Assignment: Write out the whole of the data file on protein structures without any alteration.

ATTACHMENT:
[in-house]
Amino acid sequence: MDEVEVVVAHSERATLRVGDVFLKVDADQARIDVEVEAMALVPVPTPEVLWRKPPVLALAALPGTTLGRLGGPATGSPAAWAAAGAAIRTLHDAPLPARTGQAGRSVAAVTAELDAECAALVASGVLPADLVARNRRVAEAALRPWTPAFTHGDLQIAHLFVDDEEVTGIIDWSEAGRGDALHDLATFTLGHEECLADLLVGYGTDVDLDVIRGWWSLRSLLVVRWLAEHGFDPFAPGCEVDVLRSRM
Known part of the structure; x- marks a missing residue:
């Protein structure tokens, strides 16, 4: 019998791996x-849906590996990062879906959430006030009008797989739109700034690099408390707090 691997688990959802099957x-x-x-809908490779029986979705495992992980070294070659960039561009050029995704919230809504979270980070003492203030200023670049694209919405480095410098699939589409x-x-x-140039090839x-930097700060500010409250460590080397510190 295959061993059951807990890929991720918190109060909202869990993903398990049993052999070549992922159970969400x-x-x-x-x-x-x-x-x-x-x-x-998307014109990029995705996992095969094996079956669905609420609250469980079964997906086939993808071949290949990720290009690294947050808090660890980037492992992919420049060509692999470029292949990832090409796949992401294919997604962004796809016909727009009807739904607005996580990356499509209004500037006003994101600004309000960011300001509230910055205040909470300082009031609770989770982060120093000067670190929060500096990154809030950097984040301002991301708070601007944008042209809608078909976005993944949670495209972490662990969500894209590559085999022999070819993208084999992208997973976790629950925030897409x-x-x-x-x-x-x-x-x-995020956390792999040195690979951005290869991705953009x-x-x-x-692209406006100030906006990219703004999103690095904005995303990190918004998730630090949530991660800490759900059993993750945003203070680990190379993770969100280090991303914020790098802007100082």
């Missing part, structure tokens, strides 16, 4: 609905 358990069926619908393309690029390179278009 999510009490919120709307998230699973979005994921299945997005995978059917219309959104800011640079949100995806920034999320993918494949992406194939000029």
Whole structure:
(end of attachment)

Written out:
[in-house]
Amino acid sequence: MDEVEVVVAHSERATLRVGDVFLKVDADQARIDVEVEAMALVPVPTPEVLWRKPPVLALAALPGTTLGRLGGPATGSPAAWAAAGAAIRTLHDAPLPARTGQAGRSVAAVTAELDAECAALVASGVLPADLVARNRRVAEAALRPWTPAFTHGDLQIAHLFVDDEEVTGIIDWSEAGRGDALHDLATFTLGHEECLADLLVGYGTDVDLDVIRGWWSLRSLLVVRWLAEHGFDPFAPGCEVDVLRSRM
Known part of the structure; x- marks a missing residue:
């Protein structure tokens, strides 16, 4: 019998791996x-849906590996990062879906959430006030009008797989739109700034690099408390707090 691997688990959802099957x-x-x-809908490779029986979705495992992980070294070659960039561009050029995704919230809504979270980070003492203030200023670049694209919405480095410098699939589409x-x-x-140039090839x-930097700060500010409250460590080397510190 295959061993059951807990890929991720918190109060909202869990993903398990049993052999070549992922159970969400x-x-x-x-x-x-x-x-x-x-x-x-998307014109990029995705996992095969094996079956669905609420609250469980079964997906086939993808071949290949990720290009690294947050808090660890980037492992992919420049060509692999470029292949990832090409796949992401294919997604962004796809016909727009009807739904607005996580990356499509209004500037006003994101600004309000960011300001509230910055205040909470300082009031609770989770982060120093000067670190929060500096990154809030950097984040301002991301708070601007944008042209809608078909976005993944949670495209972490662990969500894209590559085999022999070819993208084999992208997973976790629950925030897409x-x-x-x-x-x-x-x-x-995020956390792999040195690979951005290869991705953009x-x-x-x-692209406006100030906006990219703004999103690095904005995303990190918004998730630090949530991660800490759900059993993750945003203070680990190379993770969100280090991303914020790098802007100082």
């Missing part, structure tokens, strides 16, 4: 609905 358990069926619908393309690029390179278009 999510009490919120709307998230699973979005994921299945997005995978059917219309959104800011640079949100995806920034999320993918494949992406194939000029």
Whole structure: